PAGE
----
Does DeShawn Stevenson have what it takes to blend in on the NBA level? How realistic are David Benoit's hopes of returning to the Jazz? How have Quincy Lewis and Scott Padgett progressed since we last saw the rookies? And what must Harold Arceneaux show to convince NBA scouts they made a mistake by not drafting him?
Those are just a few of the storylines that will play out and questions that could be answered when the Jazz begin play Friday in the Rocky Mountain Revue. Most of the Revue is being held this year at Salt Lake Community College's Redwood Road campus.
The nine-team summer league for NBA rookies, youngsters and hopefuls kicks off with three games Friday, the last of which, at 8 p.m., has the Jazz playing Denver.
Utah plays Toronto at 6 p.m. Saturday. An off-day for the Jazz on Sunday is followed by games on three consecutive days: Cleveland at 6 p.m. Monday, Houston at 6 p.m. Tuesday, and Chicago at 6 p.m. Wednesday.
The Jazz are off on July 27 and 28, but the other eight teams in the summer league — including Sacramento, Vancouver and Dallas — will play on those days.
Utah closes against Phoenix at 2 p.m. on July 29, the only game that will not be held at SLCC. It will be played at the Delta Center, part of a doubleheader in which the Jazz and Suns summer leaguers play at 2 p.m., followed by a 6 p.m. WNBA game between the Utah Starzz and the Indiana Fever.
At least five of the Rocky Mountain games will be televised, including two involving the Jazz: Tuesday against Houston and Wednesday against Chicago, both on ESPN2. Rocky Mountain games have never before been televised, but ESPN and ESPN2 are showing games this year's from both Salt Lake City and from the Shaw Summer League in Boston.
Utah's roster features just two members who actually played for the Jazz last season, Lewis and Padgett. Both are looking for increased playing time next season, with Lewis battling for the right to assume the starting shooting guard spot vacated by Jeff Hornacek.
The Jazz's two draft choices this year — Stevenson, the California high school star taken in the first round, and Kaniel Dickens, a second-round selection from the University of Idaho — are both playing.
Two others — Rick Hughes, who played briefly for the Dallas Mavericks last season, and Alvin Sims — were late cuts after spending October in training camp with the Jazz. Both have also been playing in the Southern California Summer Pro League, Hughes for the Golden State Warriors and Sims for the Los Angeles Lakers.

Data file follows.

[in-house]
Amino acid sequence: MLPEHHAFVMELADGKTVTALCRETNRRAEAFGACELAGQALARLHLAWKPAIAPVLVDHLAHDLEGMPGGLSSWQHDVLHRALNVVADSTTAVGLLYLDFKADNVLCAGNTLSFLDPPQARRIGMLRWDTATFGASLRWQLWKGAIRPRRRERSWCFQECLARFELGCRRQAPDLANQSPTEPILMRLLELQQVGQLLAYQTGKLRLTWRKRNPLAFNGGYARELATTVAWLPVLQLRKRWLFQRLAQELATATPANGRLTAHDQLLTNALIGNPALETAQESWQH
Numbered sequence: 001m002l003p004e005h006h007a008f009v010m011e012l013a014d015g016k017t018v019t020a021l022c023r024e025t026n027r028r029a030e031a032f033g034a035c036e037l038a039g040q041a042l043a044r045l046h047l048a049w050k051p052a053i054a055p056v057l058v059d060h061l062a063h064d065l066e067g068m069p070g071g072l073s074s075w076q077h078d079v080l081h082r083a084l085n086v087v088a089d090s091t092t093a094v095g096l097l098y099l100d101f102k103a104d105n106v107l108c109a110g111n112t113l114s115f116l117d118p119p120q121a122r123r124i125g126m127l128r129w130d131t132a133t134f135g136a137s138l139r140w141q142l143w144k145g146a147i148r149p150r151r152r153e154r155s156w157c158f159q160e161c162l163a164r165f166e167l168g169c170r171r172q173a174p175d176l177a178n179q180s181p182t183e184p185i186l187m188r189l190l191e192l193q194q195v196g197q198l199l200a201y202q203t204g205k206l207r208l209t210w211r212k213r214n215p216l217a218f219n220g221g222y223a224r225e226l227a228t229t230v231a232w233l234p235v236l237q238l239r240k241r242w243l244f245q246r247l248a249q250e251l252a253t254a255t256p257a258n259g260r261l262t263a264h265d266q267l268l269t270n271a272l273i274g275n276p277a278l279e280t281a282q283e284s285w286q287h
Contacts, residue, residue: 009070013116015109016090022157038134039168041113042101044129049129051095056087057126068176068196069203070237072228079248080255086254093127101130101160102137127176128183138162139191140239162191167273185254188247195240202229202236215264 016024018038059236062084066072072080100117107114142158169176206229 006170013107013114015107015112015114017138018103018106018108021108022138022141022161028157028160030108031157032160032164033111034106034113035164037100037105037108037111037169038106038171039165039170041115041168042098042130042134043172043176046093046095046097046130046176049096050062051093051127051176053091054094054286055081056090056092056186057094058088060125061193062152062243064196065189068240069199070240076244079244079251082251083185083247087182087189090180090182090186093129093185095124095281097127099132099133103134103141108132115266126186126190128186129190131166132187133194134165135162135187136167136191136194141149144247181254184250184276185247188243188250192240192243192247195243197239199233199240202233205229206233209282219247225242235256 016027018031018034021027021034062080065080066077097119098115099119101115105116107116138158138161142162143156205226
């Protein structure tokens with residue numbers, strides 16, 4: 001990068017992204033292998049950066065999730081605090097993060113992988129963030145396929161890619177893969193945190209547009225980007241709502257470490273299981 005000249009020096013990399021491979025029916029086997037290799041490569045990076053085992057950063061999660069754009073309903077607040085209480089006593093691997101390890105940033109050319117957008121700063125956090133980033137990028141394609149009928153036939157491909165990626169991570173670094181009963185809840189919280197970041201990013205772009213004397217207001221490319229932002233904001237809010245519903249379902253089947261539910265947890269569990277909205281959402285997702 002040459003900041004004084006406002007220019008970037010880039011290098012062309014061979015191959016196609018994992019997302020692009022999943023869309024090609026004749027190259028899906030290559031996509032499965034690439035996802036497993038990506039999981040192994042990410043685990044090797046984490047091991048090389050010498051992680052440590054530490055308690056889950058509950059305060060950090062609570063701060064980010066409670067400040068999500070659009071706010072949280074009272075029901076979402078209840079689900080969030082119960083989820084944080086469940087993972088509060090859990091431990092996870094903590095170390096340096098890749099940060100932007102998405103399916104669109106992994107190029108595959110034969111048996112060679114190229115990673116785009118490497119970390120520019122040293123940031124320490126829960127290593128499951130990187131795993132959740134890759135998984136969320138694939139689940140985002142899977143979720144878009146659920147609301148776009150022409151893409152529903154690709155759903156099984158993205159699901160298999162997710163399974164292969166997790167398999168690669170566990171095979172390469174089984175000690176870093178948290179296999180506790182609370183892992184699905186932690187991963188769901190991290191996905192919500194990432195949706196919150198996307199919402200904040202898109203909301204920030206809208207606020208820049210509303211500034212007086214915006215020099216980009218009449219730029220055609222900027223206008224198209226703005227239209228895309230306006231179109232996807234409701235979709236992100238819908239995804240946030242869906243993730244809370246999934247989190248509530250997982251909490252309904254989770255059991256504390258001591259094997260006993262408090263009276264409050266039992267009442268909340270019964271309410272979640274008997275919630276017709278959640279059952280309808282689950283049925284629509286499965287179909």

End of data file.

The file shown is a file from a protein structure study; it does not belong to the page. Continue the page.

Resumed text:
Also working with the Jazz is veteran Gheorghe Muresan, the 7-foot-7 center from Romania who is trying to land a contract with some NBA team after battling foot injuries with New Jersey the past two seasons.
There are locals on the Jazz roster, too: Arceneaux, who was disappointed to not be drafted following his senior season at Weber State, and Bryon Ruffner, who after stops at Utah State, Utah Valley and Brigham Young University has spent the last few seasons playing in Belgium.
And then there is Benoit, the former Jazz small forward who is making what may be a last-chance bid to return to the NBA. He blew out an Achilles tendon after leaving Utah for New Jersey and has been playing overseas while trying to resurrect his career.
Besides Arceneaux and Ruffner, there are others with local ties who are trying to catch the eyes of Rocky Mountain scouts: University of Utah product Alex Jensen, who will be playing for Houston, and Weber State's Eddie Gill, who is with Phoenix. Both went undrafted last month, and are hoping to position themselves for NBA training camps in the fall.
One who is back at Rocky Mountain but who has already secured employment is point guard Andre Miller, who established himself as a bona fide NBAer in Cleveland after the Cavaliers took him eighth overall in the 1999 draft.
Some of the big-name, first-round picks from this year's draft who are expected to be in town are LSU's Stromile Swift (Vancouver), Iowa State's Marcus Fizer and Michigan's Jamal Crawford (Chicago), Texas's Chris Mihm (Cleveland), Fresno State's Courtney Alexander and Syracuse's Etan Thomas (Dallas), and Michigan's Morris Peterson (Toronto).
A day pass for each session of the Revue costs $5 and will be on sale at the door.